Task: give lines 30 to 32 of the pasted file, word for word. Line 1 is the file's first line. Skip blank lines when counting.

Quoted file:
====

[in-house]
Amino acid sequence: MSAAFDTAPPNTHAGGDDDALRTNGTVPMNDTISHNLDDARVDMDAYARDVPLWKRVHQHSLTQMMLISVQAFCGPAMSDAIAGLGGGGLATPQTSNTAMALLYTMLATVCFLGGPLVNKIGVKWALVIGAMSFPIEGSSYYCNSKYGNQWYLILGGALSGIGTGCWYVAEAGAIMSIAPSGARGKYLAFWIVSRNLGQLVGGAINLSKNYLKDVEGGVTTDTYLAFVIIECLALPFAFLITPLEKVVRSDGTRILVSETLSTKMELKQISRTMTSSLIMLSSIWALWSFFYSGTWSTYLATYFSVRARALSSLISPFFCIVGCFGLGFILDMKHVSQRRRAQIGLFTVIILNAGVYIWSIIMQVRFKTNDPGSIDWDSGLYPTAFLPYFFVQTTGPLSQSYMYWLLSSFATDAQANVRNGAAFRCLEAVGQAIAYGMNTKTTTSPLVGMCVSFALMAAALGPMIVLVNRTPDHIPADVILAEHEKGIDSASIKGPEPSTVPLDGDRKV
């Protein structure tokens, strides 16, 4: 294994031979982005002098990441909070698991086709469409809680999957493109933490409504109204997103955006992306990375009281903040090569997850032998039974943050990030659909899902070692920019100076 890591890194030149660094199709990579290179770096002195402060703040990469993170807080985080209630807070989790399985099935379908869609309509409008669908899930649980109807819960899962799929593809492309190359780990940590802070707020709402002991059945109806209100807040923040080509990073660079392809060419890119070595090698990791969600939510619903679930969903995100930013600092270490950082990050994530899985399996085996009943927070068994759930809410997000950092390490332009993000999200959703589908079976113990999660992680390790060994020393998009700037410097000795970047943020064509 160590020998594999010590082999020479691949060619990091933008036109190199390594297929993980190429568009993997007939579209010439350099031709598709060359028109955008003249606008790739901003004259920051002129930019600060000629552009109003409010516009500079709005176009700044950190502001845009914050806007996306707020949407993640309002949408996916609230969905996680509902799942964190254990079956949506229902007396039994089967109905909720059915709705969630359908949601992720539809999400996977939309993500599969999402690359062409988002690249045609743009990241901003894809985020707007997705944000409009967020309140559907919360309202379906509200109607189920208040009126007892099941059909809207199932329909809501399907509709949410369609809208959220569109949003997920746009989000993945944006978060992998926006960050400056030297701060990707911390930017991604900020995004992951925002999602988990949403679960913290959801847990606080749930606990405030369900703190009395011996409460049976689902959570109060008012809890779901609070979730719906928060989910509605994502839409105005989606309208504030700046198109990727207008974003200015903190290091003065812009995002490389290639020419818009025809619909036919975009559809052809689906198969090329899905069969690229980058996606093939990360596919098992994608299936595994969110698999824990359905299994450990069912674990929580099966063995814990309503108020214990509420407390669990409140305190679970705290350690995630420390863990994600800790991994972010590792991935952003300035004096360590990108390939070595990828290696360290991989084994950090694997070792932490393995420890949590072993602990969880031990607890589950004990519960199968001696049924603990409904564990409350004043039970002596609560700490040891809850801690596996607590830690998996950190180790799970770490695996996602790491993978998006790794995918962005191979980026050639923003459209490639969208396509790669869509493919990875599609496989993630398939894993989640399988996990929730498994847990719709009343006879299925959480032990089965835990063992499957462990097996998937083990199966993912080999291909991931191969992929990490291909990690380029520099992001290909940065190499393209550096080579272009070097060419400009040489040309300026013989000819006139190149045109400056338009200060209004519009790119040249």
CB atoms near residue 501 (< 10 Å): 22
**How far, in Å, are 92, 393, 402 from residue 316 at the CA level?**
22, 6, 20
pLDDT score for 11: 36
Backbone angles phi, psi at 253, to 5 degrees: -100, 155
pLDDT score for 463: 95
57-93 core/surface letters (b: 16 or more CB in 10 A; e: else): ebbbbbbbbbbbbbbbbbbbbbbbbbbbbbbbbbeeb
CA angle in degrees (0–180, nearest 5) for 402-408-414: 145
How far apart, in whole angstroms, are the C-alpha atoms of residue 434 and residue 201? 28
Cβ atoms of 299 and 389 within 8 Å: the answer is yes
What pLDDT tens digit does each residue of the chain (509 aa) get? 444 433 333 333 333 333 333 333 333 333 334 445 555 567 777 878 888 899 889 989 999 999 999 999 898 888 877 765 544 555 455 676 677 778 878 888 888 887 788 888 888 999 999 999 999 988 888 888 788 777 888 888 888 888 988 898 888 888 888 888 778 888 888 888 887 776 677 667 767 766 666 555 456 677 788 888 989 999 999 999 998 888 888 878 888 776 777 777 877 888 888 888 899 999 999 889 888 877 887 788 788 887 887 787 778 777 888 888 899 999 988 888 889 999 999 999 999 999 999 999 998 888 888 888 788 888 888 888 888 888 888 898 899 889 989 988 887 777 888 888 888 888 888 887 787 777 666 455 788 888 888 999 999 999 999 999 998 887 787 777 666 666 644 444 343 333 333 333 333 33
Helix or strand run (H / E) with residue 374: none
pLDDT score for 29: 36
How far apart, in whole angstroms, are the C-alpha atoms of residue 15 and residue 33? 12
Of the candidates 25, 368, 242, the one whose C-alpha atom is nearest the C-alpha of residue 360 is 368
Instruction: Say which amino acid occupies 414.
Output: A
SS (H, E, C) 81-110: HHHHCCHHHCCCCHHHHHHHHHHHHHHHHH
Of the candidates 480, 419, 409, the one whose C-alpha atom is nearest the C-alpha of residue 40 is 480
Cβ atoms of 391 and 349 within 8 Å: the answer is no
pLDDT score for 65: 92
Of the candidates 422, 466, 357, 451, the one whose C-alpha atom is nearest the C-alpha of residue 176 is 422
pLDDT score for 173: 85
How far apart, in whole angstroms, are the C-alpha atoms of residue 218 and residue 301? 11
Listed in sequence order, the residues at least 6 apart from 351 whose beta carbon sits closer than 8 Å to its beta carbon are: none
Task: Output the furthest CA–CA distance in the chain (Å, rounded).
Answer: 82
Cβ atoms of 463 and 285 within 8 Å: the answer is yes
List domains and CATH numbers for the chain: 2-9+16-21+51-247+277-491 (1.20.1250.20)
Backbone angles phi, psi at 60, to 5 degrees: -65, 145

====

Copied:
Answer: 82
Cβ atoms of 463 and 285 within 8 Å: the answer is yes
List domains and CATH numbers for the chain: 2-9+16-21+51-247+277-491 (1.20.1250.20)